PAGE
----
Applicants must have a strong quantitative background in a relevant field (e.g., environmental engineering, computational (geo)chemistry, mathematics, bio/eco-informatics, information technology). Experience with ecosystem modelling and scientific computing is desirable. Finally, experience with and/or interest in field work in remote regions is an asset as we encourage modellers in our group to take part in designing and performing field campaigns.
Interested applicants should submit: 1) a cover letter stating how their experience, motivation and expectations align with the proposed research, 2) a curriculum vita, 3) academic transcripts and 4) contact information of three academic or professional references. All documentation should be sent as a single PDF file to firstname.lastname@example.org . The position will remain opened until filled.
Linking national-scale efforts to understand the role of sediment processes in controlling water quality in eutrophic lakes.
Eutrophication, and related harmful algal blooms (HABs), is widely considered the most significant stressor affecting fresh waters. Part of multidisciplinary effort to understand and predict the occurrence of HAB in lakes, we are seeking a highly motivated candidate with strong quantitative skills who can work independently in a collaborative environment. The successful candidate will conduct research to implement, test, and revise numerical models of biogeochemical and diagenetic processes taking place in lake sediments.
The project (FORMBLOOM) will advance our understanding of carbon, nutrient and metal fluxes across eutrophic lakes with different underlying geochemistry, and aid in predicting the role of sediments in altering effects of eutrophication, trajectories of eutrophication recovery, and HAB risk.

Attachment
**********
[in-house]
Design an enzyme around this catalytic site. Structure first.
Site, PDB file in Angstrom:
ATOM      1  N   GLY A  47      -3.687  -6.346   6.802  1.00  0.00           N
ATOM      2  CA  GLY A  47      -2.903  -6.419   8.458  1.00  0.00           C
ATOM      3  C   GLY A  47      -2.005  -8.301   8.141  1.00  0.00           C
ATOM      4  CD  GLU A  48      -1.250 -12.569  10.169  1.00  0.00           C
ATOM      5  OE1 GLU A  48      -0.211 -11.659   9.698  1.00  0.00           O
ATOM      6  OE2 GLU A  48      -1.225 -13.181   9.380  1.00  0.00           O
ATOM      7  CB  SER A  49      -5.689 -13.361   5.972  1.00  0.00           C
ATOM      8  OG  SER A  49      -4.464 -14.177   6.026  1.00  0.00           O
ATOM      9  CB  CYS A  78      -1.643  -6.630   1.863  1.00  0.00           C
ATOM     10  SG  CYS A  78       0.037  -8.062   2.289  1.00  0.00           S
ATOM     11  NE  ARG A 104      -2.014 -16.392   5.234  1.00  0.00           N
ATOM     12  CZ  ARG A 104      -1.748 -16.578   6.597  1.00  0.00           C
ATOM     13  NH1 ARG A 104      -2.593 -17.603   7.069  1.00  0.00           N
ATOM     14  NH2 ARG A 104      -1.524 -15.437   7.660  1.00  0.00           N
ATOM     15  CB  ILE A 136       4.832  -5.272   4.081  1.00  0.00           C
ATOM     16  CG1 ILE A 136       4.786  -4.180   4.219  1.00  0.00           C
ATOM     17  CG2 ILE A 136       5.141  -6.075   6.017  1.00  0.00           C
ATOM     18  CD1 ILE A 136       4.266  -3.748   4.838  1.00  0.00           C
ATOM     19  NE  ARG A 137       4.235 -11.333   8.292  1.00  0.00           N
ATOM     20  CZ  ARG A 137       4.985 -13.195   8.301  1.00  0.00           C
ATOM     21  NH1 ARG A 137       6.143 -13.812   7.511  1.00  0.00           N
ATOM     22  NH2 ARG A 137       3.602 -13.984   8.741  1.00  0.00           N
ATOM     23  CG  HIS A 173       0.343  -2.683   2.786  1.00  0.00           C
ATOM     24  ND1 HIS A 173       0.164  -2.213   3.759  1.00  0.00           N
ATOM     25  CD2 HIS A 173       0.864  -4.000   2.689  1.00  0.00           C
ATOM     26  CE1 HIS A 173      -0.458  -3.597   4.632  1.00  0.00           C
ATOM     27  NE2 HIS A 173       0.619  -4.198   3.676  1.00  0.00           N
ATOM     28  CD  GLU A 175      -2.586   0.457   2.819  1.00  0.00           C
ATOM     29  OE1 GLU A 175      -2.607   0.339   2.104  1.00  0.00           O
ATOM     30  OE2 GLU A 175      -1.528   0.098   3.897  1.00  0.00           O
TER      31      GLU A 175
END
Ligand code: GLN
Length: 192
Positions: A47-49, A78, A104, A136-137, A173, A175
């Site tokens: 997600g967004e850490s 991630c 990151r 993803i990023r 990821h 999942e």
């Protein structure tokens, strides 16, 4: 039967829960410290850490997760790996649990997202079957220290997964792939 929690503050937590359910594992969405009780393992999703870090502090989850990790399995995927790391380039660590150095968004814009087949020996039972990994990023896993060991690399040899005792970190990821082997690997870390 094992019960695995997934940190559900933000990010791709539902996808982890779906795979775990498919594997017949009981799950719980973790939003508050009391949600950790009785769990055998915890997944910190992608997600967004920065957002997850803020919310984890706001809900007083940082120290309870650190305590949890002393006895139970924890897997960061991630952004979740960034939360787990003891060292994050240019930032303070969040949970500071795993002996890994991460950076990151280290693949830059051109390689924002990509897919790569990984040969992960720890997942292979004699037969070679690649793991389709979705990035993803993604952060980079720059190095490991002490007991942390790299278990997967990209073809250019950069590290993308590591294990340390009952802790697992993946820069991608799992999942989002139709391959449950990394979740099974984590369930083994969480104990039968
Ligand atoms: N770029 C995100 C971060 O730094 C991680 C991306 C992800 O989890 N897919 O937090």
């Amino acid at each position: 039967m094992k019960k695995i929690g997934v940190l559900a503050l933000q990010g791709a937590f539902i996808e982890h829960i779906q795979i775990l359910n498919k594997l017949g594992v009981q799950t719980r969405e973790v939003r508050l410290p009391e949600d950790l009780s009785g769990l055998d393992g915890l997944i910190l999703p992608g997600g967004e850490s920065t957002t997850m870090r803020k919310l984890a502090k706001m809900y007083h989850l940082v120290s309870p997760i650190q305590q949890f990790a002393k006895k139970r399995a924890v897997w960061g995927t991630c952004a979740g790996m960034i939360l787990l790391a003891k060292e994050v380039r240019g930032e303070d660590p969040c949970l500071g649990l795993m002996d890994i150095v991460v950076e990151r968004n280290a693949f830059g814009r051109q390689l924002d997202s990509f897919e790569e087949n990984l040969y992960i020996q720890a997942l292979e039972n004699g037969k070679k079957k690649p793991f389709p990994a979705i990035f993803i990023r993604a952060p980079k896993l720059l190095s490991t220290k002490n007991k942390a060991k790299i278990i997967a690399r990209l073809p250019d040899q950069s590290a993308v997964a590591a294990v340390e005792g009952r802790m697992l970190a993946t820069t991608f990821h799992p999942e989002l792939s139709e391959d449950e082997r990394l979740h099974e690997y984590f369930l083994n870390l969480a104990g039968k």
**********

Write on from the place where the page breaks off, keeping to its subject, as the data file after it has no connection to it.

Background and interest in water quality or reactive transport modelling are preferred, along with a Master, Doctoral degree or equivalent, from a recognized university in a relevant academic discipline. Proficiency with scientific computing environment such as Matlab and Python is required.
The successful applicant will be working closely with Dr. Couture and collaborating with Dr. Jason Venkiteswaran (Wilfrid Laurier University) and Dr. Helen Baulch (University of Saskatchewan). The project will bridge activities within the SN Research Chair in Aquatic Geochemistry with those of the FORMBLOOM Global Water Futures project, benefiting from working in a multi-university and multidisciplinary research team, as well as from interactions with partner organizations and ecosystem managers.
The successful applicant will have access to a wide range of datasets from detailed field campaigns such as Buffalo Pound (Saskatchewan, a key regional drinking water source), Lake 227 (Ontario, a well-studied experimental lake at IISD-ELA), Conestogo Lake (Ontario, a recreational water body in a highly impacted watershed), Lake Plesne (Czech Republic, a flagship monitoring site for acidification and eutrophication) and Lake Vansjø (Norway, a drinking water and recreational lake monitored for several decades).
In your application, please include a cover letter identifying the position of interest (PhD or Postdoc) and stating your motivation for the position and how your research interests align with it, a curriculum vita including a publication record, a copy of your academic transcripts, and contact information of three references. All documentation should be sent as a single PDF file to email@example.com. Applications will be reviewed as they are received, and the positions will remain open until filled.
Laval University is located in Québec City, Canada. Candidates should be fluent in written and spoken English and interested in working in a primarily French-speaking environment.
Three Sentinel North Research Chairs were launched on May 9th 2018, in the presence of the Sentinel North executive director Martin Fortier, the Faculty's dean André Zaccarin, the VP research Eugenie Brouillet and the president of Laval University, Sophie d'Amours. See University Press releases here, here and here (in French).